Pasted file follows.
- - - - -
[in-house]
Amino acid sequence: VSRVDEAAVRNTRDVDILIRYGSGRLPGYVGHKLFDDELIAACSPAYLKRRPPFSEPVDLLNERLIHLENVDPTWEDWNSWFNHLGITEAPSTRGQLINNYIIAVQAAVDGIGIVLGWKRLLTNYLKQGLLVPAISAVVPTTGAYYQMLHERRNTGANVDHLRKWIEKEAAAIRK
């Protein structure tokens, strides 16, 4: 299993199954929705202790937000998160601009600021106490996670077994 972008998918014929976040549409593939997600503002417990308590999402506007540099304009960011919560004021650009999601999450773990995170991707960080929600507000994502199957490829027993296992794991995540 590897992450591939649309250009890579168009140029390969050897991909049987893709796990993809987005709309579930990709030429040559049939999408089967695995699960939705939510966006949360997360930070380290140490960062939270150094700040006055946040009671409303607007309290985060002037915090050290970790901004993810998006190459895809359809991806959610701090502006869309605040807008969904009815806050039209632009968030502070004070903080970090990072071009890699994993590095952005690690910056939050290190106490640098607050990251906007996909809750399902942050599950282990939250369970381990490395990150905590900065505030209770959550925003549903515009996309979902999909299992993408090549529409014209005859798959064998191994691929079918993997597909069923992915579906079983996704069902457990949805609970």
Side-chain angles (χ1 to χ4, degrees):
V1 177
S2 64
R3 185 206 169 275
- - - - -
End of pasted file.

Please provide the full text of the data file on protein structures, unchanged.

[in-house]
Amino acid sequence: VSRVDEAAVRNTRDVDILIRYGSGRLPGYVGHKLFDDELIAACSPAYLKRRPPFSEPVDLLNERLIHLENVDPTWEDWNSWFNHLGITEAPSTRGQLINNYIIAVQAAVDGIGIVLGWKRLLTNYLKQGLLVPAISAVVPTTGAYYQMLHERRNTGANVDHLRKWIEKEAAAIRK
């Protein structure tokens, strides 16, 4: 299993199954929705202790937000998160601009600021106490996670077994 972008998918014929976040549409593939997600503002417990308590999402506007540099304009960011919560004021650009999601999450773990995170991707960080929600507000994502199957490829027993296992794991995540 590897992450591939649309250009890579168009140029390969050897991909049987893709796990993809987005709309579930990709030429040559049939999408089967695995699960939705939510966006949360997360930070380290140490960062939270150094700040006055946040009671409303607007309290985060002037915090050290970790901004993810998006190459895809359809991806959610701090502006869309605040807008969904009815806050039209632009968030502070004070903080970090990072071009890699994993590095952005690690910056939050290190106490640098607050990251906007996909809750399902942050599950282990939250369970381990490395990150905590900065505030209770959550925003549903515009996309979902999909299992993408090549529409014209005859798959064998191994691929079918993997597909069923992915579906079983996704069902457990949805609970």
Side-chain angles (χ1 to χ4, degrees):
V1 177
S2 64
R3 185 206 169 275